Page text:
When you are doing an interview and reach the part where they want to know if you have any questions, what kind of things do you ask? What strategy can I follow in order to prepare good questions. I feel like I always ask something that makes it look like I was trying, but isn't that good, like "What things has the dev team struggled with and has now overcome learning, tech and non-tech related?"
When interviewers ask you a question they are trying to find out if you are right for the job. When you ask _them_ a question, it should be to find out whether the job is right for you.
For example, I always ask what people dislike about their jobs. While most people won't actively complain in an interview situation, they will usually be honest. Red flags like "we get a lot of top-down changes in direction from management" or "sometimes things get a bit process-heavy" can be key indications that you might want to find a job elsewhere.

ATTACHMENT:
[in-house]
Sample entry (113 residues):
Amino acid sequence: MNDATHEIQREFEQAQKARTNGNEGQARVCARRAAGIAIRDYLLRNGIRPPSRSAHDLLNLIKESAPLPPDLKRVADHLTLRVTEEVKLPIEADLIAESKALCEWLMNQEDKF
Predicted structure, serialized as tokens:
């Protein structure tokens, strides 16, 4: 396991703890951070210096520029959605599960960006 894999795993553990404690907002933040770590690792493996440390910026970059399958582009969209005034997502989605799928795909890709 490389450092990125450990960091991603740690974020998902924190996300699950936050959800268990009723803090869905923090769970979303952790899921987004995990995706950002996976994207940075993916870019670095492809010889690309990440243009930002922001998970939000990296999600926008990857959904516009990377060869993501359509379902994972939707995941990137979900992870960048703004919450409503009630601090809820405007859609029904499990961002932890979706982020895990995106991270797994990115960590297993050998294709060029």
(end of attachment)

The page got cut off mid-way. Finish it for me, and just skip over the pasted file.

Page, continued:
I also sometimes ask about turnover in the team. If someone is hiring because all of the senior people just quit in disgust, then you also might want to consider other places of employment. I once worked at a startup where the average tenure before people quit was 6 months... it would have been nice to know that ahead of time.
Jordan, do you feel like employers would be honest about this though? If I asked an employer and they admitted that they have high turnover, it would create for an awkward situation for me as a job prospect and them-they're obviously desperate.